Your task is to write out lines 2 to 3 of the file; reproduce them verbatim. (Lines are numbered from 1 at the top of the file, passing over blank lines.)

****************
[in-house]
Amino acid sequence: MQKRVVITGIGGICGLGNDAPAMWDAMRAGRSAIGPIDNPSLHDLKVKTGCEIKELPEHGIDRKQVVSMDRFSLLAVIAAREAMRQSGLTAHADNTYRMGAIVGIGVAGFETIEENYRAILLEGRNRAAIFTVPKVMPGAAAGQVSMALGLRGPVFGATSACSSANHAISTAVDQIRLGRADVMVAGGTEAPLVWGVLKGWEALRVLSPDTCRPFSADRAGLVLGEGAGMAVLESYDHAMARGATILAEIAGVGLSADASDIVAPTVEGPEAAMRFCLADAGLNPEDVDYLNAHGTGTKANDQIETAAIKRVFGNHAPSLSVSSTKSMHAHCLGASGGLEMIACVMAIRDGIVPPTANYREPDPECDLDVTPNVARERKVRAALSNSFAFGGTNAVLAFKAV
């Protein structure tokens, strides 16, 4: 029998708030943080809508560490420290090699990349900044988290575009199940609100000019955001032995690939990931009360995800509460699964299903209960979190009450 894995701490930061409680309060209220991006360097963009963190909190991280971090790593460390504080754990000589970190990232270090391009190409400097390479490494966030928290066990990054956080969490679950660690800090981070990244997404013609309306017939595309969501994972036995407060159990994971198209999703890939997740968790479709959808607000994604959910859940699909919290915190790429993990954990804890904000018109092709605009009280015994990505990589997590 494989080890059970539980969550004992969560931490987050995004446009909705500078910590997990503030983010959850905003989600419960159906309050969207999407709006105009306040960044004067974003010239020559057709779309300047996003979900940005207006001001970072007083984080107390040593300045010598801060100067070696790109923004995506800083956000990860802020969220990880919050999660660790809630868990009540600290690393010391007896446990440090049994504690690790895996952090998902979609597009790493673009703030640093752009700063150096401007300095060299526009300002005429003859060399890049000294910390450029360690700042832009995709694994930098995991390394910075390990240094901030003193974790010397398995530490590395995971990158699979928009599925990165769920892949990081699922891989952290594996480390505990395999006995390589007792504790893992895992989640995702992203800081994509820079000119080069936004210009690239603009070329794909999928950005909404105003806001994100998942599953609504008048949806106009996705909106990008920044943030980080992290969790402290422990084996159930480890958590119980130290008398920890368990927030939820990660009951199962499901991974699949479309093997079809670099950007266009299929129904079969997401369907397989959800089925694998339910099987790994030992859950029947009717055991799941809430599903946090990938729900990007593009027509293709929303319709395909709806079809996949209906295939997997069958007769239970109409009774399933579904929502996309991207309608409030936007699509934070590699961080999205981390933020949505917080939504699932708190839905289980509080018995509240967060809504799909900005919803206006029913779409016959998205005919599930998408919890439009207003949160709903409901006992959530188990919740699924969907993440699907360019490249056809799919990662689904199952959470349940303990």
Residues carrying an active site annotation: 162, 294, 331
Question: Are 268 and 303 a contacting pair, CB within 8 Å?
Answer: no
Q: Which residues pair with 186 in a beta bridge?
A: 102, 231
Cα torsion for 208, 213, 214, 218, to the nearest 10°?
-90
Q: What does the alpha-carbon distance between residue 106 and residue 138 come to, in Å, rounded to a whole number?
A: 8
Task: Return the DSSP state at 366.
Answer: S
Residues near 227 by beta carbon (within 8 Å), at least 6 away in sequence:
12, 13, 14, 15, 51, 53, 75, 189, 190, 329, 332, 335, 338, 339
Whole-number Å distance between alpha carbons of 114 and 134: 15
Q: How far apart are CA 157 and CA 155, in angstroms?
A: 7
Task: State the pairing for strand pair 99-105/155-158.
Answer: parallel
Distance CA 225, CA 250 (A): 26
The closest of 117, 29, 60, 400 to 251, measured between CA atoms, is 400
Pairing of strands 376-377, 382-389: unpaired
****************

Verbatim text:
Amino acid sequence: MQKRVVITGIGGICGLGNDAPAMWDAMRAGRSAIGPIDNPSLHDLKVKTGCEIKELPEHGIDRKQVVSMDRFSLLAVIAAREAMRQSGLTAHADNTYRMGAIVGIGVAGFETIEENYRAILLEGRNRAAIFTVPKVMPGAAAGQVSMALGLRGPVFGATSACSSANHAISTAVDQIRLGRADVMVAGGTEAPLVWGVLKGWEALRVLSPDTCRPFSADRAGLVLGEGAGMAVLESYDHAMARGATILAEIAGVGLSADASDIVAPTVEGPEAAMRFCLADAGLNPEDVDYLNAHGTGTKANDQIETAAIKRVFGNHAPSLSVSSTKSMHAHCLGASGGLEMIACVMAIRDGIVPPTANYREPDPECDLDVTPNVARERKVRAALSNSFAFGGTNAVLAFKAV
């Protein structure tokens, strides 16, 4: 029998708030943080809508560490420290090699990349900044988290575009199940609100000019955001032995690939990931009360995800509460699964299903209960979190009450 894995701490930061409680309060209220991006360097963009963190909190991280971090790593460390504080754990000589970190990232270090391009190409400097390479490494966030928290066990990054956080969490679950660690800090981070990244997404013609309306017939595309969501994972036995407060159990994971198209999703890939997740968790479709959808607000994604959910859940699909919290915190790429993990954990804890904000018109092709605009009280015994990505990589997590 494989080890059970539980969550004992969560931490987050995004446009909705500078910590997990503030983010959850905003989600419960159906309050969207999407709006105009306040960044004067974003010239020559057709779309300047996003979900940005207006001001970072007083984080107390040593300045010598801060100067070696790109923004995506800083956000990860802020969220990880919050999660660790809630868990009540600290690393010391007896446990440090049994504690690790895996952090998902979609597009790493673009703030640093752009700063150096401007300095060299526009300002005429003859060399890049000294910390450029360690700042832009995709694994930098995991390394910075390990240094901030003193974790010397398995530490590395995971990158699979928009599925990165769920892949990081699922891989952290594996480390505990395999006995390589007792504790893992895992989640995702992203800081994509820079000119080069936004210009690239603009070329794909999928950005909404105003806001994100998942599953609504008048949806106009996705909106990008920044943030980080992290969790402290422990084996159930480890958590119980130290008398920890368990927030939820990660009951199962499901991974699949479309093997079809670099950007266009299929129904079969997401369907397989959800089925694998339910099987790994030992859950029947009717055991799941809430599903946090990938729900990007593009027509293709929303319709395909709806079809996949209906295939997997069958007769239970109409009774399933579904929502996309991207309608409030936007699509934070590699961080999205981390933020949505917080939504699932708190839905289980509080018995509240967060809504799909900005919803206006029913779409016959998205005919599930998408919890439009207003949160709903409901006992959530188990919740699924969907993440699907360019490249056809799919990662689904199952959470349940303990």